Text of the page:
Christian Barry is a multi-award winning director and theatre-maker from Halifax, Nova Scotia. He is a co-founder and artistic co-director of 2b theatre company.
Christian’s productions have played at renowned festivals and theatres around the world including Bristol Old Vic, Edinburgh Fringe, Sydney Festival, Tarragon Theatre, Citadel Theatre, Magnetic North Festival, PuSh, Noorderzon, Aarhus Festival, Theaterformen Hanover, Luminato, World Stage, and 59E59 (Off-Broadway in New York City).
Christian won the 2019 Toronto Theatre Critics Circle Awards for Best Director and Best New Musical. He was nominated for six Drama Desk Awards in 2018, including Best Director and Best Production. He won a Dora Award for Outstanding Production, and was nominated for an Outstanding Director Dora. Christian received the 2008 Halifax Mayor’s award for an Emerging Artist, the 2006-7 Urjo Kareda residency grant at the Tarragon Theatre, and the 2018 NS Masterworks Award — the highest honour for the Arts in the province.
Photo by Alejandro Santiago.
Ravi Jain is a multi-award-winning artist known for making politically bold and accessible theatrical experiences in both small indie productions and large theatres. As the founding artistic director of Why Not Theatre, Ravi has established himself as an artistic leader for his inventive productions, international producing/collaborations and innovative producing models which are aimed to better support emerging artists to make money from their art.
In all of his work, exemplified by projects like A Brimful of Asha and his reimagining of classics like Hamlet and Salt-Water Moon, is Ravi’s passion to inspire Canadians to look at new ways of representing Canada on national and international stages. Currently he is working on a new adaptation of The Mahabharata with the Shaw Festival and a new project with David Suzuki and his wife Tara Cullis.
Ravi was shortlisted for the 2016 Siminovitch Prize and won the 2012 Pauline McGibbon Award for Emerging Director and the 2016 Canada Council John Hirsch Prize for direction.
Photo by David Leclerc.
After founding le Théâtre Péril in 2000, Christian Lapointe has run le Théâtre Carte blanche, in Québec City, since 2013. Since 2001, he has directed some thirty productions, drawing principally on the symbolist repertoire (Yeats, Maeterlinck, Villiers de l’Isle Adam) and the contemporary repertoire (Crimp, Viripaev, Duras, Arsenault, Handke, Sauvageau), while also directing productions of his own plays. The signature of his productions, where the presentation of the text holds a preponderant place, borrows from performance art and they are conceived from theatrical settings that often approach installation video. He also devotes part of his time to passing the torch to younger artists through his masterclasses, his courses and the directing he has done at various places, including at l’École supérieure de théâtre, where he is a professor, an at l’École nationale de théâtre du Canada. In 2009, he took part in the official programming for the Festival d’Avignon. In 2015, he gave a 70-hour on-going performance reading of the works of Antonin Artaud within the framework of the Festival TransAmériques. In 2018 and 2019, in coproduction with some ten Québécois theatres, he directed,in collaboration with l’Institut du Nouveau Monde, the project Constituons !. In that project, an assembly made up equally of men and women chosen at random and representing the Québec population, from all across the Province, was brought together to write the first Consitution of the citizens of Québec. This was officially delivered to the Assemblée nationale du Québec on 29 May, 2019. The play, Constituons !, performed and directed by the artist, relates the ups and downs of this vast adventure, which juxtaposes art and citizenship in the testing ground of the theatre as a popular agora.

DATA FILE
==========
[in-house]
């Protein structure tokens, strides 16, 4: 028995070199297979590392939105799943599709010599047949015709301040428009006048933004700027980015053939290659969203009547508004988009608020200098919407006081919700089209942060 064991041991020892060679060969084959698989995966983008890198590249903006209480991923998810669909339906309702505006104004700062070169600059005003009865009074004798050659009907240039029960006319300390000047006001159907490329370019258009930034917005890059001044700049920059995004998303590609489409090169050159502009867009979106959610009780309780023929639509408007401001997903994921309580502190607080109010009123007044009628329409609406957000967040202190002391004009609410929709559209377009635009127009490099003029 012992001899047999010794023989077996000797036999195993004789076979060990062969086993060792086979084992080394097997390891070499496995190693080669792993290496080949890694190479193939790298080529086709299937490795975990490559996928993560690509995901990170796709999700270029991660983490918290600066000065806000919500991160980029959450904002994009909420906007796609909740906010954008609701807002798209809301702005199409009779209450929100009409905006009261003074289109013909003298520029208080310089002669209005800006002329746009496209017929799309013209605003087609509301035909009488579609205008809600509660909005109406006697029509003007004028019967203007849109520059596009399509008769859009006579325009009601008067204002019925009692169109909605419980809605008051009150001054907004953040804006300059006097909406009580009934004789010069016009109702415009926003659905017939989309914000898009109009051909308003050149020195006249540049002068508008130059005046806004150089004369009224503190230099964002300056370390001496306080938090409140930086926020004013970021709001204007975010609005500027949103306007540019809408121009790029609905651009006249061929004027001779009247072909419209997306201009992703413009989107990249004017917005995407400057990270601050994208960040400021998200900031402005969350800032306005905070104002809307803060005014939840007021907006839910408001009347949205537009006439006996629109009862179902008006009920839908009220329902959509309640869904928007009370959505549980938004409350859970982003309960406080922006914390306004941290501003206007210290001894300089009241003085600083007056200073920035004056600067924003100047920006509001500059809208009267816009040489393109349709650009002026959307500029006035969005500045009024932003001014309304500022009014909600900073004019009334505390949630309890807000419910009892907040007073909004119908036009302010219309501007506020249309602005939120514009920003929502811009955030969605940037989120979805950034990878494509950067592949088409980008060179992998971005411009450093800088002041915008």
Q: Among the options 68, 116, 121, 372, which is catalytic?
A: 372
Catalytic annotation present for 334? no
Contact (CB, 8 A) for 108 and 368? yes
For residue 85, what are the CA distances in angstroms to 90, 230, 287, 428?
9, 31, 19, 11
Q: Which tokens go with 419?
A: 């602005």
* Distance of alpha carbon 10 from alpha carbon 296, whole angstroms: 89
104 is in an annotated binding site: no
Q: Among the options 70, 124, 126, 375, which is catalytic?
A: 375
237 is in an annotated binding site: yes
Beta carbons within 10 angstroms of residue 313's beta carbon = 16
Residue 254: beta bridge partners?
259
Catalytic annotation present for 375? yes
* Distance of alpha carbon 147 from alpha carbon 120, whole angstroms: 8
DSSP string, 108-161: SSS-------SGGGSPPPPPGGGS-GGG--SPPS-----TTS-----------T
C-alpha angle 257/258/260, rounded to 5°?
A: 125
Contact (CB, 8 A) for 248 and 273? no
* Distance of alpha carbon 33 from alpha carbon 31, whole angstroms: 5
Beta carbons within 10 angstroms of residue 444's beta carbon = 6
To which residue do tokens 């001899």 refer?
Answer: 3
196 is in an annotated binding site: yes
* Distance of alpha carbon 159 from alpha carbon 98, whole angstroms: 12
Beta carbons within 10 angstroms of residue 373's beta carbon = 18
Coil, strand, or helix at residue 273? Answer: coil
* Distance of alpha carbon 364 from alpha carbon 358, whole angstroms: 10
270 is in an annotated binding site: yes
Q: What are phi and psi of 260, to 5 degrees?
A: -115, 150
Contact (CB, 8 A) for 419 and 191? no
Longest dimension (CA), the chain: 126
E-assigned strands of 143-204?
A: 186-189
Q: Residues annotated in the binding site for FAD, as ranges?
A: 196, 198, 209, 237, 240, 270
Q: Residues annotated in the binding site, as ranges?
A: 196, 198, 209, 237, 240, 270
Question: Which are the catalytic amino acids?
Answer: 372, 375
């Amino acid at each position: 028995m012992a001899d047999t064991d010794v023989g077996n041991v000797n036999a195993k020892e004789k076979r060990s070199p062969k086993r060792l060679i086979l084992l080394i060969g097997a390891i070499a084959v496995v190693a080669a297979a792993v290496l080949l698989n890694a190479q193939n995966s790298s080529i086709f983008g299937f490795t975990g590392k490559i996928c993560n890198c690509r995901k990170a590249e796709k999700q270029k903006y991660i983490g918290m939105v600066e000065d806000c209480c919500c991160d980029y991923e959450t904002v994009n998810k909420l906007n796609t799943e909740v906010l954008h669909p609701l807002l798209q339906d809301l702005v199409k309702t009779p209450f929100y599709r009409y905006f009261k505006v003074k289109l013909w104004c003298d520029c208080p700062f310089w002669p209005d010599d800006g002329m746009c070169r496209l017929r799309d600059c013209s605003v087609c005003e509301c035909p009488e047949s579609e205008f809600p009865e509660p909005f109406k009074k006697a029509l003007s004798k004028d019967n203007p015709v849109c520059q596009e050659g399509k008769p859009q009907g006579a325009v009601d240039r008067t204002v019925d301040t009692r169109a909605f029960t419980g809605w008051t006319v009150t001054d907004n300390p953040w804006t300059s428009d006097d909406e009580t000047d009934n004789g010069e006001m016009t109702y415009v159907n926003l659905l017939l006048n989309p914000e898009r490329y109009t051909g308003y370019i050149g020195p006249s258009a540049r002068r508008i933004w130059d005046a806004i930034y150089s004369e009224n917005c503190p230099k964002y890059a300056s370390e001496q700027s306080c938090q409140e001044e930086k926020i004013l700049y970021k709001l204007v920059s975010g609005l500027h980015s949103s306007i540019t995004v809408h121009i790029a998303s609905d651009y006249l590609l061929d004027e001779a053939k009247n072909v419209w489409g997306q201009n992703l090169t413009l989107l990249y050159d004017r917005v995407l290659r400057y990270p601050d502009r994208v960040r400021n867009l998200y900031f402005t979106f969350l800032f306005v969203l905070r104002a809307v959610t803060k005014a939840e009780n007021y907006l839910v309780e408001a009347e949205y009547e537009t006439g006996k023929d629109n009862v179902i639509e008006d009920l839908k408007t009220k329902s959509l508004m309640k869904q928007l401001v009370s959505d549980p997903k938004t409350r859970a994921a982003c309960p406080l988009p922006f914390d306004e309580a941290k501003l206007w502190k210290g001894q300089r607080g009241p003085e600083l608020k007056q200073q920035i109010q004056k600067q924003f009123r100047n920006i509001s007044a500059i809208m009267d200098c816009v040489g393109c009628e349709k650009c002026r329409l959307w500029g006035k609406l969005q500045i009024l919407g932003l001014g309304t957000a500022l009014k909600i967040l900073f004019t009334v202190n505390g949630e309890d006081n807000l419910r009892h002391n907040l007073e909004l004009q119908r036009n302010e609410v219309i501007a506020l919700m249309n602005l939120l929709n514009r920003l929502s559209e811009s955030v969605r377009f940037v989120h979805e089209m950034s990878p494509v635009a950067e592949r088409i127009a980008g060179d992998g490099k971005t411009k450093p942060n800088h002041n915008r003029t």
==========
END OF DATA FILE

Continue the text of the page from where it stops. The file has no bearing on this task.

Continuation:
Photo by Julie Artacho
Maiko Yamamoto and James Long
For over 20 years, Maiko Yamamoto and James Long have been making experimental, intercultural and interdisciplinary works of theatre. Whether working together or apart, the pair use extended processes to create performances from intentionally simple beginnings with both new and existing collaborators. Their work is about a genuine attempt to coexist. Conversations, interviews and arguments collide with Yamamoto and Long’s aesthetics, resulting in theatrical experiences that are authentic, immediate and hopeful.
They founded Theatre Replacement in 2003. The company’s work has been presented in 43 cities and venues across the world. As freelance artists, they have directed, written, taught and created performance with a diverse range of companies and institutions.
Both are graduates of SFU’s School for the Contemporary Arts Theatre Program. Yamamoto has a Masters of Applied Arts in Visual Art from Emily Carr University of Art & Design, and Long holds a Master’s Degree in Urban Studies, also from SFU.
Photo by Stephen Drover.